Most of us learn about cleaning and caring for our knitted garments the hard way, like washing a wool sweater in hot water only to find that it felted into a baby-sized sweater or washing a hat in detergent that made you break out into a rash. Many of us have learned a thing or two about knitted garment care through experience.
If you’re a beginner garment knitter, someone who receives knitted gifts, or even just a seasoned knitter who needs a refresher, these tips will help you properly clean and care for your knits.
Before you wash your hand-knit garments…
Read the yarn label
Don’t assume that the fiber content completely determines how to care for yarn. Some yarns can be tricky — they need to be hand washed or dry cleaned. Before you go dunking your project in water, check the label to make sure the yarn will be able to tolerate a soak.
In fact, the yarn label can tell you everything you need to know about your knitted garment, beyond just washing. Can you iron it? Will it stretch? All this info is usually included on the label.
Not sure what all those crazy symbols mean? Check out our guide to deciphering yarn labels.
Consider a machine washable yarn
Machine-washable yarns (sometimes called superwash yarns) are ideal for baby knits, gifts and garments that you plan to wear and wash a lot.
That said, if you know you’ll take the time to care for your knits, it’s perfectly fine to choose a yarn that’s not machine washable. You’ll find more options too!
Freshen up between washes
If you don’t have time to fully wash a hand-knit garment, try a spray that’s meant to freshen up knits in between washes.
Spray it on when you need to get rid of wrinkles or just give your sweater a little pick-me-up.
Test on a swatch first
Don’t unravel your swatches once you reach the right gauge! Swatches are a great way to test how a project will behave when it’s washed.
After you swatch, try washing and drying it in whatever way you prefer. Did it shrink? Did it get all fuzzy? Keep testing until you feel confident about how it will react.
Store your knits right
The No. 1 rule when it comes to knitting storage? No hangers! Any knitted garment will stretch and droop when placed on a hanger. If you’ve ever hung up a knitted sweater — even a store-bought one — you’ll know how a hanger can make those shoulders droop into an unflattering pile.
Washing knits in a washing machine
Can you wash your hand-knitted garments in a washing machine?
The only way to know if a hand-knit garment is machine washable is to look at the yarn label. The label should tell you whether the fiber can be washed in a regular machine.
Even if the yarn label says it’s machine washable, don’t treat it like you would any other machine-washable item. You need to be careful — here’s everything you need to consider
When in doubt, choose a gentle cycle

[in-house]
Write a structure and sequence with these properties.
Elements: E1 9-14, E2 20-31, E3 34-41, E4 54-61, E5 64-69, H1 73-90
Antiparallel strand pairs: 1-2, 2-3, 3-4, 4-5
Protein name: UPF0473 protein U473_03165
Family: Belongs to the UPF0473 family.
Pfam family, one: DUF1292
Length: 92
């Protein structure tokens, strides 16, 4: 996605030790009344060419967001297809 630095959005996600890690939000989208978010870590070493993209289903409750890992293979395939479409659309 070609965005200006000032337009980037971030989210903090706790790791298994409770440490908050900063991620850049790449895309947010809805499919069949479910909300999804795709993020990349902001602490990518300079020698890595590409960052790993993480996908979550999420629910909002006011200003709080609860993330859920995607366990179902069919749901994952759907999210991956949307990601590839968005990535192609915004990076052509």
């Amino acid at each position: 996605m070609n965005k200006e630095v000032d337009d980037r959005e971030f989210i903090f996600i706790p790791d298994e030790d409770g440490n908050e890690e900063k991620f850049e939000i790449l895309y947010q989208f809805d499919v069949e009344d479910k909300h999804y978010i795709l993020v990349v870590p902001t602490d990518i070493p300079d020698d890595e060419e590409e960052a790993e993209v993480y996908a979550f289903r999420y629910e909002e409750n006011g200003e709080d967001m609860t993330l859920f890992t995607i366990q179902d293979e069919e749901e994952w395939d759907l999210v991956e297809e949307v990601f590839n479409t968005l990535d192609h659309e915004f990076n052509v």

Depending on the item and the fiber, choose a delicate cycle or a regular cycle on your machine.
For kitchen items made of cotton, like potholders or coasters, a regular cycle should be fine (you can even throw them in with your usual loads of laundry.
But for something like a gorgeous wool sweater or anything with lace, choose the delicate cycle. You can also use the mesh lingerie garment bags to make sure your handknits are handled delicately and not agitated in the machine.
Choose a gentle detergent as well
Keeping “gentle” in mind, use a detergent that will go easy on your knits. There is plenty of machine-friendly wool washes available out there, and you can find mild, alcohol-free detergents in most grocery stores. Baby shampoo is another good choice for knits.
Drying your hand knits
Your yarn label will also tell you if drying the item in the dryer is OK, too. Beware, though that knits may not keep their shape when they’re dried in the dryer, even if the yarn label says it’s fine. Instead, you might want to dry it flat, shaping it as you go. Then, if it’s still damp after laying flat for a while, toss it in the dryer on low heat just to dry it completely.
Washing knitted garments by hand
Choosing a soap
Don’t use just any old detergent when you’re washing your knitted garments. Some cleansers are too harsh for wool and other delicate fibers.
Find a mild detergent that’s meant for hand washing. And if you really want to do it right, find one that’s made especially for your fiber.
Blocking after washing
Most of the time, we blocking knits just after binding off, as the final step before wearing the finished piece. But blocking isn’t reserved just for new knits — it’s a way to reshape your knitted items at any time
After washing your knits, they may look a little misshapen or wrinkly. The trick to getting the back to their former glory is simply blocking them again. Easy!
When in doubt, use your knitter’s instincts!
When you’re caring for handknits, the bottom line is to use your own judgment. If you’re worried the item won’t survive a wash in the machine, just hand wash it. Common sense and a knitter’s instinct rarely fail us.